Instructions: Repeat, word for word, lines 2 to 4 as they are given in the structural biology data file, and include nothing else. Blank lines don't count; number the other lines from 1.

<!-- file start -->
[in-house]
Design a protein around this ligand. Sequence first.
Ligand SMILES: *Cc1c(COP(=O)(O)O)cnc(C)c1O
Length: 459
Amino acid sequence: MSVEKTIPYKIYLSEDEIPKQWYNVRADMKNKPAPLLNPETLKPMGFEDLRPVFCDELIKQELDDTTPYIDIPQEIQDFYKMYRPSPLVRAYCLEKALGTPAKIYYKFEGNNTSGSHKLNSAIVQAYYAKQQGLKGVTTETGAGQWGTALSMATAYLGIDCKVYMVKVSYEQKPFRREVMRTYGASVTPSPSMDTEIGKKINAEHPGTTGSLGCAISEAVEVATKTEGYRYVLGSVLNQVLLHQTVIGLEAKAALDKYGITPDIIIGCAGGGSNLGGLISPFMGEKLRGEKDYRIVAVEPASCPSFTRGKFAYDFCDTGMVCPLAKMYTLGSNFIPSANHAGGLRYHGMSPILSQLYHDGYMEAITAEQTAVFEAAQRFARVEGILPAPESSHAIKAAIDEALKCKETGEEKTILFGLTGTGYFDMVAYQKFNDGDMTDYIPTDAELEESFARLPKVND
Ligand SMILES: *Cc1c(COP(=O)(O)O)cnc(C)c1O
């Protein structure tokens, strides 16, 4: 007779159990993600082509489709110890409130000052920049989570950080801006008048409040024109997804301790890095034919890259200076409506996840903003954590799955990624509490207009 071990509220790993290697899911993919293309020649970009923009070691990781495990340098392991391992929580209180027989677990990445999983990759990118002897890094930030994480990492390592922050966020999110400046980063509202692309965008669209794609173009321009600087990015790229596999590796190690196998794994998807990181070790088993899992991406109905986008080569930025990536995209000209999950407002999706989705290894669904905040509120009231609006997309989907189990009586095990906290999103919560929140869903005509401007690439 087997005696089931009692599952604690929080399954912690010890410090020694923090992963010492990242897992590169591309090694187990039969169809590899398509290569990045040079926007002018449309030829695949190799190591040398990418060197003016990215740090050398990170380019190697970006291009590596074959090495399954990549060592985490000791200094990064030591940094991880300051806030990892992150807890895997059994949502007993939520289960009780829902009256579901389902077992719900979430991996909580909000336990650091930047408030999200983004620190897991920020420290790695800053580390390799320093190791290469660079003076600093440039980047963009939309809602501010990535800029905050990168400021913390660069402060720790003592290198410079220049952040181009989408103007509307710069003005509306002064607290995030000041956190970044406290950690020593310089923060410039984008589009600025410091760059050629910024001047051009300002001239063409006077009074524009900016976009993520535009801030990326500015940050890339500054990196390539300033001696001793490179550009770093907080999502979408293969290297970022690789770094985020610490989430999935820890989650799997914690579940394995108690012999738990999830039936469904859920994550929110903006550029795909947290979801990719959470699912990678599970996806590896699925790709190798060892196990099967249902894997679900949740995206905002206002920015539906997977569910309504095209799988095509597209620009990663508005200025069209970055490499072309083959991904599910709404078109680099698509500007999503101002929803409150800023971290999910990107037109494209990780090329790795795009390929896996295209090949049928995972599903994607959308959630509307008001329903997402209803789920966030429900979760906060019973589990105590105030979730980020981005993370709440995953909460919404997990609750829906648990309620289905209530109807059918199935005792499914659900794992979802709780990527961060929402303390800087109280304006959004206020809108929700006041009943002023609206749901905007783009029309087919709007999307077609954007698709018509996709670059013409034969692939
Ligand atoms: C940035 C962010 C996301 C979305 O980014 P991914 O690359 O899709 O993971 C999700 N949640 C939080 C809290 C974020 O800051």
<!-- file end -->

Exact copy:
Design a protein around this ligand. Sequence first.
Ligand SMILES: *Cc1c(COP(=O)(O)O)cnc(C)c1O
Length: 459